We are this day in receipt of two trade paperback collections of essays, by asst’d authors, on how to write a particular subcategory of Our Beloved Genre.
Of the authors of the essays collected in the first volume, the one with the most substantial English-language commercial fiction credentials once sold a story to a Marty Greenberg/Mike Resnick anthology. The second volume is only slightly better in terms of its authors’ credentials.
The typography and interior design are dreadful. If you’re going to use seriously oversized type for your main text, and justify your columns, there must be hyphenated wordbreaks.
Only some of the advice is dubious or erroneous, but almost all of it is elementary: yup, the constant use of invincible power makes for dull storytelling. At best, it rises to heights like “When you’re worldbuilding, remember that governments always have factions,” or “In a society that has a commonly available technology that can knock down walls, military defense is not going to rely on castles.”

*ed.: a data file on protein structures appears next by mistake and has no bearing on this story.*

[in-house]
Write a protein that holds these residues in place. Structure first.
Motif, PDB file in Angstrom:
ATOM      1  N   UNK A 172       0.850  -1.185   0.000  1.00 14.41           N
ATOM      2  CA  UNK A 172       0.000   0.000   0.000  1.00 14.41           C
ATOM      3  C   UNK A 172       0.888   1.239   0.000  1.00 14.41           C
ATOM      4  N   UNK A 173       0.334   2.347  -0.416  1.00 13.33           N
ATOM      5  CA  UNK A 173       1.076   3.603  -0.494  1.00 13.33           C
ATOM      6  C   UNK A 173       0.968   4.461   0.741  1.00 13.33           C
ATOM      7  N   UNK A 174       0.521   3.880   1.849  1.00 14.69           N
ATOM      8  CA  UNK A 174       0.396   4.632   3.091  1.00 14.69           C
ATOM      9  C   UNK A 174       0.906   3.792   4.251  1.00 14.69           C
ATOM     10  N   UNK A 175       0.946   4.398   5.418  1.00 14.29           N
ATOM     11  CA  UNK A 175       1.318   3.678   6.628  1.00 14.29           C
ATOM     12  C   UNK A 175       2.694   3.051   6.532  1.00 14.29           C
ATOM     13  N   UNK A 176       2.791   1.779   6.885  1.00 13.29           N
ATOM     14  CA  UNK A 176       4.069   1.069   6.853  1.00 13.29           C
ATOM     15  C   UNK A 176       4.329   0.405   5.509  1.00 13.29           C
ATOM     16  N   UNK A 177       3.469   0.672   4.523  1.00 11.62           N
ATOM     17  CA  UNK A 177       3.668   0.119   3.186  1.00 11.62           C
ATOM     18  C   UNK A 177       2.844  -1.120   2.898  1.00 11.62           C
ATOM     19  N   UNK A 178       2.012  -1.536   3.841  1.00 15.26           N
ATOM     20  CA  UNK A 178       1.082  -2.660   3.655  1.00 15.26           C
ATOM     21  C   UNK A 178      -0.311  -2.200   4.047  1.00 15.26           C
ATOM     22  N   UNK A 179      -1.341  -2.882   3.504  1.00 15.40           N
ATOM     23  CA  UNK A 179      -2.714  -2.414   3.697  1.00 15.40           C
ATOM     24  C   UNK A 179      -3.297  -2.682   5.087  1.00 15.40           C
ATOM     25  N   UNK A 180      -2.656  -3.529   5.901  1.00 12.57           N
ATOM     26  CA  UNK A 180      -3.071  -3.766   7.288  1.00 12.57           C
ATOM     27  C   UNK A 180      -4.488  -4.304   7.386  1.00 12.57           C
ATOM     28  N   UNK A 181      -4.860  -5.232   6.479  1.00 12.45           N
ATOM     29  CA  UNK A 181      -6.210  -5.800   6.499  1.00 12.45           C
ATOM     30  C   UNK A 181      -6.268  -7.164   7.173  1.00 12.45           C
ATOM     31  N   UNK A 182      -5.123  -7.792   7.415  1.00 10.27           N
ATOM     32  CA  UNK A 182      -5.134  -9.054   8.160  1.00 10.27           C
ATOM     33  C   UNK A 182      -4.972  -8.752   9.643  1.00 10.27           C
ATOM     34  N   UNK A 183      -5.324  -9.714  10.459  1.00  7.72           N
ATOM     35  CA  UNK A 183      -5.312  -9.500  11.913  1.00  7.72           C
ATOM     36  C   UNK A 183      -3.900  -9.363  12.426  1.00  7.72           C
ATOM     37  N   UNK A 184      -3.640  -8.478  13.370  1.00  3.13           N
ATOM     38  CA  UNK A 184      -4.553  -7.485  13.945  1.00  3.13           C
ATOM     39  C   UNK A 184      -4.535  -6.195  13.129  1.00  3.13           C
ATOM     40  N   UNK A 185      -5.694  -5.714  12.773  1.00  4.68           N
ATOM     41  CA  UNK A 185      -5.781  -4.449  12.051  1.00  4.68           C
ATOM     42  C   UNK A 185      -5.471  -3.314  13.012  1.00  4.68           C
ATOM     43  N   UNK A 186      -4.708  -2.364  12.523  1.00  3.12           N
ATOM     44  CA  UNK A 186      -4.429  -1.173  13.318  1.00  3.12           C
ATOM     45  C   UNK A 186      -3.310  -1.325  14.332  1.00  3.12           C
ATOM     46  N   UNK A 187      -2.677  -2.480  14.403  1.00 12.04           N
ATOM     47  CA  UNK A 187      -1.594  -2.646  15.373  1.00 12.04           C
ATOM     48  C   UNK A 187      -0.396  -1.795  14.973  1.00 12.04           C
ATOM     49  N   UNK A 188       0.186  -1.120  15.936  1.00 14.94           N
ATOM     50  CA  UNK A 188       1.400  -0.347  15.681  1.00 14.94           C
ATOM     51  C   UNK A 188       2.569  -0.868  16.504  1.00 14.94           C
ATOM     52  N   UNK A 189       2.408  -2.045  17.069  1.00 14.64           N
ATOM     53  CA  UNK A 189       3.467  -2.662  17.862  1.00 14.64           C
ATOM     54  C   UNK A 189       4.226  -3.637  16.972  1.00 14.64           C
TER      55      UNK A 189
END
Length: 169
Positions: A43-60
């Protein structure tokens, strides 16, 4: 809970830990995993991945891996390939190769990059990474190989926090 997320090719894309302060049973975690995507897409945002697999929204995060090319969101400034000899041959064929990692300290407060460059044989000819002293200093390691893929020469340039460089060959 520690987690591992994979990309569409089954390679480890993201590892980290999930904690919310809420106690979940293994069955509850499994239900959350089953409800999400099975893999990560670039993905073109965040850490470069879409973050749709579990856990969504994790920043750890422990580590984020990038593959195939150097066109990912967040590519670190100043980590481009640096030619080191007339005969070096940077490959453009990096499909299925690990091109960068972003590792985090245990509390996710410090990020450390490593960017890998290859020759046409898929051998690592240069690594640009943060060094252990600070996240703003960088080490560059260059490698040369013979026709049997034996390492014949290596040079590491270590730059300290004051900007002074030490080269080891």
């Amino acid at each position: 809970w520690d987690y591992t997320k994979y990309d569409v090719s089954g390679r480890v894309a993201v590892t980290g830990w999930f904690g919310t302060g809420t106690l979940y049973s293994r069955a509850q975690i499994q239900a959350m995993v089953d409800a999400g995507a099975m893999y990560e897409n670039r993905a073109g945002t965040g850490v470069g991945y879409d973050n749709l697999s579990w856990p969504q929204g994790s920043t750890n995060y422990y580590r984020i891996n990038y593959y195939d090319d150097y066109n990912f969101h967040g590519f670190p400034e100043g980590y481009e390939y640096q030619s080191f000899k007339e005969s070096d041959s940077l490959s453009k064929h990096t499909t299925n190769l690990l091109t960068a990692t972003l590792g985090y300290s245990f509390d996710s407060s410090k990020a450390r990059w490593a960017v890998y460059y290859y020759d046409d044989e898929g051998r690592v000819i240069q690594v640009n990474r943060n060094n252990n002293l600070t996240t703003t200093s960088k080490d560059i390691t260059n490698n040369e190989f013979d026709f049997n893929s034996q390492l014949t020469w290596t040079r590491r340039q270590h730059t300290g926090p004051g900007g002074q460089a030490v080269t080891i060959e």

For reasons of tact, I’m not going to quote my favorite piece of bad advice found thus far.
Here are my own pieces of advice:
1. When you’re writing material like this, and you need to show how something should be done, take your examples from the works of well-regarded authors who aren’t you. This will make you look knowledgeable, and avoids potential embarrassment.
3. Hasn’t that cat been vacuumed enough?